Using Immersive Technology to Educate Home Dialysis Patients
Two years ago Samuel landed in the hospital unexpectedly after his kidneys failed. It was scary for Samuel and his family. Fortunately, he was in good hands with his care team and nephrologist and soon started dialysis treatments at a treatment facility in a nearby town. Samuel has been on hemodialysis ever since, driving 10 miles to the dialysis clinic three times each week. He spends hours there and feels tied down, with little opportunity to travel or relax at home with family and friends. But time isn't his only obstacle to maintaining some sense of normalcy — he just doesn't feel up to doing anything following his treatments.
Recently, a friend at work told Samuel how home dialysis had been the right decision for his wife, so Samuel wanted to learn more and decided to follow up with his doctor. He talked to his nephrologist who then directed him to a number of websites where he could find documents describing the pros and cons of home dialysis. Samuel struggled to fully comprehend how his day-to-day life would be different on home dialysis, but in the end, he decided that he wanted to give it a go. [For a discussion of the problems associated with medical device decisions based solely on documents follow this link.]
How VR Enhances Understanding and Communication Through Shared Experience
Aiko is a 59-year old mother of three. Aiko was diagnosed with Type 2 diabetes over a decade ago now, but was hospitalized four years ago when her kidneys “crashed”, landing her in the hospital rather unexpectedly. Though she has been on dialysis ever since that first surprise trip to the hospital, recently she was informed that her long wait for a kidney transplant might finally be over. Aiko is excited about the prospect of having a healthy kidney that will free her from the dialysis regiment that has controlled her life for years, but naturally she is anxious and stressed about the upcoming surgery and its implications for returning to normal life.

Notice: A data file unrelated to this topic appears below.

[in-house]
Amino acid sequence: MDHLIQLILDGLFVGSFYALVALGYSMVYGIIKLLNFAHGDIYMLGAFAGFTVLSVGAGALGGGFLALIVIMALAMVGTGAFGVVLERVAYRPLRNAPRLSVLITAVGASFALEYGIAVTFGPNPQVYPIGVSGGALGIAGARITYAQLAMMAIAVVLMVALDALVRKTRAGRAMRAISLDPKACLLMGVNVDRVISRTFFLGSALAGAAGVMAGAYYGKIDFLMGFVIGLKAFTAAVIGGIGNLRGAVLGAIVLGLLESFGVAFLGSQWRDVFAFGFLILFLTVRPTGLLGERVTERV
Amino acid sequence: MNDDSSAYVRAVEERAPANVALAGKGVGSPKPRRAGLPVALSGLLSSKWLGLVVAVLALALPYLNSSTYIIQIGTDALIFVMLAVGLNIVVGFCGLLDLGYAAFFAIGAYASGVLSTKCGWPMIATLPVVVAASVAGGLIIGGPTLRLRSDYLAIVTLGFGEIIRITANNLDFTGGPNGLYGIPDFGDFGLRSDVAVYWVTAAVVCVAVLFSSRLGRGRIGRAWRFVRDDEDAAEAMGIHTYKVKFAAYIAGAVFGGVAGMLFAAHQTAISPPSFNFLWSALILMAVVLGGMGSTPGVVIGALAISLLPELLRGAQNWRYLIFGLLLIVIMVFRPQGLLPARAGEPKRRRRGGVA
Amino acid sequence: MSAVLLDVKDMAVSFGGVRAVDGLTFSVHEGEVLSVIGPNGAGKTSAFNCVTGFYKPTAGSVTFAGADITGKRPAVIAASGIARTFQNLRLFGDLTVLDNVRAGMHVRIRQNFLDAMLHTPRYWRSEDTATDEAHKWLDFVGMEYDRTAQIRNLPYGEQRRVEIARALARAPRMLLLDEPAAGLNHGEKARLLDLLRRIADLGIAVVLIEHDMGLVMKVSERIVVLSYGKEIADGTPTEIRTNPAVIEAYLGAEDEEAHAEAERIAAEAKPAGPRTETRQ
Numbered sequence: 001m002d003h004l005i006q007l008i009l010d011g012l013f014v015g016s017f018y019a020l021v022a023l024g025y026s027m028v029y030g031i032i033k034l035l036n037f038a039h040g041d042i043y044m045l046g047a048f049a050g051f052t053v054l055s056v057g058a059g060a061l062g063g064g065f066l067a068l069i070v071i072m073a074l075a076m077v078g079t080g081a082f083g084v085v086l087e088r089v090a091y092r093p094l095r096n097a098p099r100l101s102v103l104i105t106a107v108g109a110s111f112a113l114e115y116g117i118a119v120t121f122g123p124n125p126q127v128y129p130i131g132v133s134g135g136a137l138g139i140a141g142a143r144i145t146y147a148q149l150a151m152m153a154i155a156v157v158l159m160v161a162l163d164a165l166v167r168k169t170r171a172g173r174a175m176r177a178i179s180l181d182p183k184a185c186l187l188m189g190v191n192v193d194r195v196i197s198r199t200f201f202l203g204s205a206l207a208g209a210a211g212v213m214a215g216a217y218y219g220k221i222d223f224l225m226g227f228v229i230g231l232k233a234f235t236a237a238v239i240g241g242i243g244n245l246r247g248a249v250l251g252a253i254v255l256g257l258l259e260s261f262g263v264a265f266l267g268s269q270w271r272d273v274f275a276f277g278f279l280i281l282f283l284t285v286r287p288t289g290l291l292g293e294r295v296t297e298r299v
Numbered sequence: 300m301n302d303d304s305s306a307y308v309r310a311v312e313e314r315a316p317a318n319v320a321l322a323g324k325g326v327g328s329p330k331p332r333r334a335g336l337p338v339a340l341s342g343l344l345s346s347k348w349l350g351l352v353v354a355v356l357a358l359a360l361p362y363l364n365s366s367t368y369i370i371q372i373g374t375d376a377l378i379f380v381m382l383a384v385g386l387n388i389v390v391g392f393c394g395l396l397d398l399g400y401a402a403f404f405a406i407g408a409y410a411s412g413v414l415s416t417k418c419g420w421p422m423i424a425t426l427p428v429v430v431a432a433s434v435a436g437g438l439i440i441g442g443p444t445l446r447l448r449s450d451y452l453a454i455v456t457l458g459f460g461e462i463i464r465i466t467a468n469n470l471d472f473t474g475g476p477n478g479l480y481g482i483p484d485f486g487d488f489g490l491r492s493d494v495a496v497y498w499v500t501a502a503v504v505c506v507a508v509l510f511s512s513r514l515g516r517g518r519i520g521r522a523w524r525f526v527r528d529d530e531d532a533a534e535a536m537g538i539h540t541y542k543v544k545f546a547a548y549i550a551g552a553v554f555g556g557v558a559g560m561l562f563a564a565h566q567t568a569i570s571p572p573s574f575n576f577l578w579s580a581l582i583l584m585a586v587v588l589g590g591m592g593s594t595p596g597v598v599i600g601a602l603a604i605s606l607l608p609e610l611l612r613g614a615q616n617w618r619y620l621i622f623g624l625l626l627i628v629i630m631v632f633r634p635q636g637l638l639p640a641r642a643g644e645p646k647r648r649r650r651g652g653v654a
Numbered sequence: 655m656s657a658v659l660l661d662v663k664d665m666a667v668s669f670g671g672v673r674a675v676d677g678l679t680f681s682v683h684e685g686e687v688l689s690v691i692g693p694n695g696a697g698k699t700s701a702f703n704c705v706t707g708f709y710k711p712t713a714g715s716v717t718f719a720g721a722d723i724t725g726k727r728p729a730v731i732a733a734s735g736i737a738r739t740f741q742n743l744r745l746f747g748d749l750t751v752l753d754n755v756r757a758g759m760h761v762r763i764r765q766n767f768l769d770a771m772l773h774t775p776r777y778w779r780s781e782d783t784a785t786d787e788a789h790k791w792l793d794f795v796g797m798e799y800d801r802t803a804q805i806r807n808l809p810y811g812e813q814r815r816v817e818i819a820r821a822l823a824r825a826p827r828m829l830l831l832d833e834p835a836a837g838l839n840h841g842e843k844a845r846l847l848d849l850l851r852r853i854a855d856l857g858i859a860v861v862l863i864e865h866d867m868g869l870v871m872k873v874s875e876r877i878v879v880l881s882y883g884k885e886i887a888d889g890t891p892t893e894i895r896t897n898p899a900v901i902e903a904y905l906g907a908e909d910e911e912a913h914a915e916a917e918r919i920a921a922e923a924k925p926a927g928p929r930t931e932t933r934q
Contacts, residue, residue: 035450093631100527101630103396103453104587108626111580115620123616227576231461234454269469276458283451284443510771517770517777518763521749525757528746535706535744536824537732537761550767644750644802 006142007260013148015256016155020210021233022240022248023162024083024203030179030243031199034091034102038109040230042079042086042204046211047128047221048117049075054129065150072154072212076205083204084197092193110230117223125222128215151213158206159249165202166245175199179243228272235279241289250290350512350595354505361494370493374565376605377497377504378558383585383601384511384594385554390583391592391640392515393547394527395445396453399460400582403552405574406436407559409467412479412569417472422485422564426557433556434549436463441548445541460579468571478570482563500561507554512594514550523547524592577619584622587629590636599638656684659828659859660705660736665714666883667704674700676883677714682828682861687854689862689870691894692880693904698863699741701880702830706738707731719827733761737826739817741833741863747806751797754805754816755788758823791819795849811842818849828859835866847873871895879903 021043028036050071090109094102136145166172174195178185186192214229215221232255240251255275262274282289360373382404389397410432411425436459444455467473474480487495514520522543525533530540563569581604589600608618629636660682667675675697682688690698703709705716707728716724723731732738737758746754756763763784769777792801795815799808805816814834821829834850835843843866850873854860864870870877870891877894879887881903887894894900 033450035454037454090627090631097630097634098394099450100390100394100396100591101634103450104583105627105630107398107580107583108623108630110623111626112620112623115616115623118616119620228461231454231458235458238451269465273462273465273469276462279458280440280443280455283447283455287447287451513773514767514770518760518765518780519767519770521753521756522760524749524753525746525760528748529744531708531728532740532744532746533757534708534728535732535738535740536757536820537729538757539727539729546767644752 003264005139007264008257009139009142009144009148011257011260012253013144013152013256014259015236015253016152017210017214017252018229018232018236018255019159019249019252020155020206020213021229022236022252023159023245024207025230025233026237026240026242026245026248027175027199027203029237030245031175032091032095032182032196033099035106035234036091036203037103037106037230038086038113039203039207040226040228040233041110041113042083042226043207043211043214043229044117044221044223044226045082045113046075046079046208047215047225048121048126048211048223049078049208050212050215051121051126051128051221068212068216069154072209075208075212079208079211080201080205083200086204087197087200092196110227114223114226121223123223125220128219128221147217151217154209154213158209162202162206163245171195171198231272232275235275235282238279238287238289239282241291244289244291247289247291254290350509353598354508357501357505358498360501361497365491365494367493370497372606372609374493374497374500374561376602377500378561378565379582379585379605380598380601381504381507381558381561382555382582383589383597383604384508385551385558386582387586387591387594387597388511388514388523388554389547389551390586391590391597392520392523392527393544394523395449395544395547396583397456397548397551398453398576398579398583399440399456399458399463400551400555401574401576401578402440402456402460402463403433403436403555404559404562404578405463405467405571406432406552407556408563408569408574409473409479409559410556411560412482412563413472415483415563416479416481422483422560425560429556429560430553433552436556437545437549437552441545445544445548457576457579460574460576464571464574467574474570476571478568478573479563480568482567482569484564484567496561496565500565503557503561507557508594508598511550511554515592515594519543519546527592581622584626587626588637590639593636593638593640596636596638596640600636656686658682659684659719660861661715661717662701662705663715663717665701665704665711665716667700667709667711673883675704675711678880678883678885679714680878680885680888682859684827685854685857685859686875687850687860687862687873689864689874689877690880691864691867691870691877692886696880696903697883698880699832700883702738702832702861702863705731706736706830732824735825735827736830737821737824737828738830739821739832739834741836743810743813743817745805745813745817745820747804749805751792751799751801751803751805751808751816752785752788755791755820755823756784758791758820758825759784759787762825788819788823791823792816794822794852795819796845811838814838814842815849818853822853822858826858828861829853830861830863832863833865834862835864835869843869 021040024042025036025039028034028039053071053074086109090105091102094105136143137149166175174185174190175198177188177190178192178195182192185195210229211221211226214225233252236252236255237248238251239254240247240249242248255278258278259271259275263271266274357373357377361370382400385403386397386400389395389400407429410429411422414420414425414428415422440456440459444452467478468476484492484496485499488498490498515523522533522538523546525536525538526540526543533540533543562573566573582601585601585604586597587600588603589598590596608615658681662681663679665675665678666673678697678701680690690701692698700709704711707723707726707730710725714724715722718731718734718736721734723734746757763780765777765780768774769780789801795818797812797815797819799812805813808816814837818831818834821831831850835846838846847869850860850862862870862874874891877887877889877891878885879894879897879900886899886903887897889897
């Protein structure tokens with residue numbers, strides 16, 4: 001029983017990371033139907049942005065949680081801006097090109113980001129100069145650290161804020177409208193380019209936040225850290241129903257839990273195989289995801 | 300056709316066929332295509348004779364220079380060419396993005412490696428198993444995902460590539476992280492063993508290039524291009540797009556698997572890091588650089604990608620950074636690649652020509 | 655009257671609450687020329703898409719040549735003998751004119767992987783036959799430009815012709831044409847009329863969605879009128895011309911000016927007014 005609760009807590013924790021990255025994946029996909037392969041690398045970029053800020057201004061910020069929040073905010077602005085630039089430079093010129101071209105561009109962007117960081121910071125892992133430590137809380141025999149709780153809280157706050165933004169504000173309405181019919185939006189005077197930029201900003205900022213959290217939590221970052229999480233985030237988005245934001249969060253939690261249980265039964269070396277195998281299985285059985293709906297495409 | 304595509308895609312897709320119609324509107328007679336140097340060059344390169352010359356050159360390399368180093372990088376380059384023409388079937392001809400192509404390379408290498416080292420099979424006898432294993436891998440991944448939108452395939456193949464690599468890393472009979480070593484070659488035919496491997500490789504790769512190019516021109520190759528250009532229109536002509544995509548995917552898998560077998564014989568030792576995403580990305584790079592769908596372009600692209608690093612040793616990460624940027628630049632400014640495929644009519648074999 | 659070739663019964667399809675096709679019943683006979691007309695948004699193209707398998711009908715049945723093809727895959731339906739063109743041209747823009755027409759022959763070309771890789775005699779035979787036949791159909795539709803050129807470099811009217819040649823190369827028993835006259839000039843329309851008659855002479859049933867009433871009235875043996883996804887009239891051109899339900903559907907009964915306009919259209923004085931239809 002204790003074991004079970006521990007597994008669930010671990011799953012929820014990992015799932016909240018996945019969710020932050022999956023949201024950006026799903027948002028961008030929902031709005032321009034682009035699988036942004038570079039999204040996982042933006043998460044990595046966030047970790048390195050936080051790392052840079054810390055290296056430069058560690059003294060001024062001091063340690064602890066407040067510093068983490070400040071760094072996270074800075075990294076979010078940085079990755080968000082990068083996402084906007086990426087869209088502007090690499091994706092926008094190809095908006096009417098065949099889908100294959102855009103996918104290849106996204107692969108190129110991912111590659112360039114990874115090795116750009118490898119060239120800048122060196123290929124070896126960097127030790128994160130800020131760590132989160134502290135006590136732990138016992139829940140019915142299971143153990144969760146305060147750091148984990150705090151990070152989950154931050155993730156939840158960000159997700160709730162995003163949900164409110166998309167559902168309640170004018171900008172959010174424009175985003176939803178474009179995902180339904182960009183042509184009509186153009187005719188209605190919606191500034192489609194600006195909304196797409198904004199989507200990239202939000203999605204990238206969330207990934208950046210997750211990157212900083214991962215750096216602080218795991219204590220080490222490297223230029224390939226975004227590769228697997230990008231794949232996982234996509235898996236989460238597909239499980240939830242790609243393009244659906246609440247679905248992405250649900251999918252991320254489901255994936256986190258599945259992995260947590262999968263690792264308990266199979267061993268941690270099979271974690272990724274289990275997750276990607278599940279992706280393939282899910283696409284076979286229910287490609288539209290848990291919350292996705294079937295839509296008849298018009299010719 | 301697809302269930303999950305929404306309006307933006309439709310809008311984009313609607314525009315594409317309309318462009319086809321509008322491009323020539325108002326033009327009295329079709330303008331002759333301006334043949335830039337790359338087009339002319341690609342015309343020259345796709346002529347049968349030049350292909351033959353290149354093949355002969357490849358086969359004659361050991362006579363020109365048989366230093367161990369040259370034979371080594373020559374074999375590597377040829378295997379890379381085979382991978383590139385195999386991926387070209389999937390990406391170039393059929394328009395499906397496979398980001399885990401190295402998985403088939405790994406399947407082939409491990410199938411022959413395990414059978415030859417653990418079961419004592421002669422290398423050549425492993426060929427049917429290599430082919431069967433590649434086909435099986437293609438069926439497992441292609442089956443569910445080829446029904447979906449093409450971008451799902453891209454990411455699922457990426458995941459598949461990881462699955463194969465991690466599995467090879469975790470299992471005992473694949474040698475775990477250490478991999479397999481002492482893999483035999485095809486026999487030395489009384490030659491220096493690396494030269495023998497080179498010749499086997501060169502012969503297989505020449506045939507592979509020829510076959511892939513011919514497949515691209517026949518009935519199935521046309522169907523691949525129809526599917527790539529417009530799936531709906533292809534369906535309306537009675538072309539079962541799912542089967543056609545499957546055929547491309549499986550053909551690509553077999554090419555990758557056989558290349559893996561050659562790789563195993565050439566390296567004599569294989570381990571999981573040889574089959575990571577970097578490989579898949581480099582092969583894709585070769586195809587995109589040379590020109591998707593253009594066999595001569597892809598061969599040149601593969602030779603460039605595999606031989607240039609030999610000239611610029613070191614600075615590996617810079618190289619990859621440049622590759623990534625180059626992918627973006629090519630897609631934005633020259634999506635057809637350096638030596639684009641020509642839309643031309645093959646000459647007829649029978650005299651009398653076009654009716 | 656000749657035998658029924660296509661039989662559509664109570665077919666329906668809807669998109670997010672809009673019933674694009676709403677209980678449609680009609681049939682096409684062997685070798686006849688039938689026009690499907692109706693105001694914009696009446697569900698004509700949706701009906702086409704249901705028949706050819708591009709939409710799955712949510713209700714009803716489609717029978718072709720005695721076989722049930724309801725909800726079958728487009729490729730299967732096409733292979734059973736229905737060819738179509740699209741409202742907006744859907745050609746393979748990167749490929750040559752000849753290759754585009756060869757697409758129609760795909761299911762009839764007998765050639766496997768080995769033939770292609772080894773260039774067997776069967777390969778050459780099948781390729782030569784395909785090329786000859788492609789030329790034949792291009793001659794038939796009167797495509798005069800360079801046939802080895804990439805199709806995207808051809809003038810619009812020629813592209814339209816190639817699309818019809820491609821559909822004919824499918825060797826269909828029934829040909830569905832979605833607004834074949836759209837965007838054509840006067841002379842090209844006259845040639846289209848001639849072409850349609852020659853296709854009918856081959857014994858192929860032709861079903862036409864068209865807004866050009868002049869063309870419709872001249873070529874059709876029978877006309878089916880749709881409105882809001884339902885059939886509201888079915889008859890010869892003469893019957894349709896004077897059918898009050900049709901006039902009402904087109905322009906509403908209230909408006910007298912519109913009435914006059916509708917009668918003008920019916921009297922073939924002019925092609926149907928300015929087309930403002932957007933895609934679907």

Why Virtual Reality is Advantageous for Healthcare Education in Children and Seniors
The United States has a health literacy problem, with 9 of 10 Americans struggling to understand and use health information. But this is not merely a macro health issue: low health literacy costs the U.S. economy up to $238 billion dollars per year.
VR Applications in Patient Education and Healthcare Professional Training
The goal of all hospital administrators and medical personnel is to provide the highest quality of care that results in the best possible health outcomes for their patients. Increasingly, this drive for value also means improving a now-measurable patient experience. Ensuring healthcare providers are highly-trained and competent in all critical aspects of their given domains will surely increase qualitative measures of patient satisfaction, but this is only one part of the equation. Crucially, experience itself centers around a patient’s understanding and familiarization with the upcoming medical treatments and procedures.